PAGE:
Arches National Park, located right outside of Moab (about 4 miles from the town center, actually) was the impetus for this trip. Long ago, in my first job out of college for the National Park Foundation, it was pictures like this that instilled the desire to see this area of the country:
Obviously the goals of the trip evolved a lot since that time almost seven years ago, and parks like Zion and Bryce may have surpassed Arches as the dream destination. But I never would have expanded my horizons to seek out those parks had it not been for Arches.
The park is aptly named due to the fact that it is the largest collection of free standing natural arches in the world. And we did our best to see many of them.
We got started somewhat early, and it was quickly warming up. Arches is definitely a desert park- lots of sand and very little shade. At this time of year it didn’t get oppressively hot, but it was sufficient for me to be glad that we didn’t wait to go any later in the year.
I don’t recall the name of the first hike we did, but it was a nice four mile loop scaling lots of tall boulders. There were two notable arches on that path. First, and before the trail got too difficult, was the Landscape Arch:
Believe it or not, there is over 300 feet laying between the two ends of that arch, or an entire football field base to base. It’s hard to conceptualize because you can’t get too close, but it’s beautiful regardless.
The final destination- for us anyway- was the Double O Arch. Really cool:
The trail actually continued beyond that to make a seven mile loop into ‘primitive’ trail, which I take to mean mostly sand. We were tempted to do that since a lot of hidden gems were supposed to be there. But we also knew we wanted to do the Delicate Arch hike around sunset which, while only three miles round trip, is supposed to be a very difficult one.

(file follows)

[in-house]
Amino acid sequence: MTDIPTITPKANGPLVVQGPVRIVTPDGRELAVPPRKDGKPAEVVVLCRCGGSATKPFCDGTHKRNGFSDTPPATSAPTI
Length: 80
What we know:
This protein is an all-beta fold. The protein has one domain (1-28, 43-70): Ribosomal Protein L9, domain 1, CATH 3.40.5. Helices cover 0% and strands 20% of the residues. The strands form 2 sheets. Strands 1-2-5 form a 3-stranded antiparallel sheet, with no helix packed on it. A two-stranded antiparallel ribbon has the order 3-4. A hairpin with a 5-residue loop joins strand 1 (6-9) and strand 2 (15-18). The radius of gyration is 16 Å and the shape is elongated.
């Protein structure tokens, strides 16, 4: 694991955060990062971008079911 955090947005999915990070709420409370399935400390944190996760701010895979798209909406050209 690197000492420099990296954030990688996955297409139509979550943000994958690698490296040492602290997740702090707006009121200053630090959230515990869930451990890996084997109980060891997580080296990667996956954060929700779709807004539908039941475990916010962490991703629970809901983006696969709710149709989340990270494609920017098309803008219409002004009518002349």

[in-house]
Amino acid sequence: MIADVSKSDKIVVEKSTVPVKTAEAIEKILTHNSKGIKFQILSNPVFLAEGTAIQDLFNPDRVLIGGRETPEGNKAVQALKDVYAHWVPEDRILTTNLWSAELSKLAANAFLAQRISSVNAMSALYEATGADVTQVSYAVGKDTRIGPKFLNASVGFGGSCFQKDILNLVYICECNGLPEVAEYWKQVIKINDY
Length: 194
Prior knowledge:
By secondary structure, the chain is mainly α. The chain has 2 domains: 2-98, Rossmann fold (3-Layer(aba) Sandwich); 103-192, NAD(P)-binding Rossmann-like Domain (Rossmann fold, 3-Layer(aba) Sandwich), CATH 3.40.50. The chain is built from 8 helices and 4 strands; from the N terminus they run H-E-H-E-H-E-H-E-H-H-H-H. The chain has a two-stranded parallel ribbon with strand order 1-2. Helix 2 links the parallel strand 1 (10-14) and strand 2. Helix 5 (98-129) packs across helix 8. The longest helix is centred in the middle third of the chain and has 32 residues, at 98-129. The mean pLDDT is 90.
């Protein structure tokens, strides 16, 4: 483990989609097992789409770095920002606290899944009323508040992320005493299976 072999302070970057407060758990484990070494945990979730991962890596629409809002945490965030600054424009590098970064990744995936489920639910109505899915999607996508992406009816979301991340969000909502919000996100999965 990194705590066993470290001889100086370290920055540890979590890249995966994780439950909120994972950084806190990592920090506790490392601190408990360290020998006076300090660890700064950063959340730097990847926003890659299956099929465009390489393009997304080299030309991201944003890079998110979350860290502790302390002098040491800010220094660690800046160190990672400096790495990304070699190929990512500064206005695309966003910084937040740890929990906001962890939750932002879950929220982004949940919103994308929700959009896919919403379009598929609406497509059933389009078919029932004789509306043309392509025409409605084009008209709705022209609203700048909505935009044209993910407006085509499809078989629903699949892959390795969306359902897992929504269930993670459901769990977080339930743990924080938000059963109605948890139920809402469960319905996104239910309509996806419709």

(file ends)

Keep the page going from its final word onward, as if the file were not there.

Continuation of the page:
So instead we returned to the car and drove back to Moab to set up our campsite in town. Our first two nights in Moab we stayed at the Sunflower Hill Inn, which was a wonderful find by my husband. When we go back to Moab, we’ll definitely stay there again.
But for our third night, we camped. Nice enough campground, but I’d like to try to get in Arches or Canyonlands next time.
After we set up and relaxed a bit, we headed back to Arches to do a series of mini-hikes to several other arches and rock formations before our impending Delicate Arch hike. It was pretty warm at this point, and I had a minor headache, so it was good to just do some easy sightseeing- and there were lots of sights to see.
After all that, around 5:15 we began our climb to the Delicate Arch. The Delicate Arch is THE Arch- it’s Utah’s official symbol. It’s a difficult hike, but once you get there you understand why Utah is so proud of it (and Utah has a lot to be proud of, it seems unfair that one state gets so much beauty to choose from).
In retrospect, the hike isn’t the most difficult I’ve done due to the terrain- it’s challenging, don’t get me wrong, just not as bad as the Bryce hike or even our climb up from Crater Lake after our boat tour. But you’re in the beating sun the entire time, in addition to being at least 7,000 feet up. Those factors combine, along with my cranky headache, made it tough. But being able to see this is completely worth the strenuous effort.
After hanging out a while and chatting with other fellow hikers, we headed back down before it got dark and grabbed dinner at the Moab Brewery for the second night in a row- surprisingly good food at really good prices. Plus they had tasty microbrews on site.
It was a great send off to the Grand Canyon, the last park on our itinerary….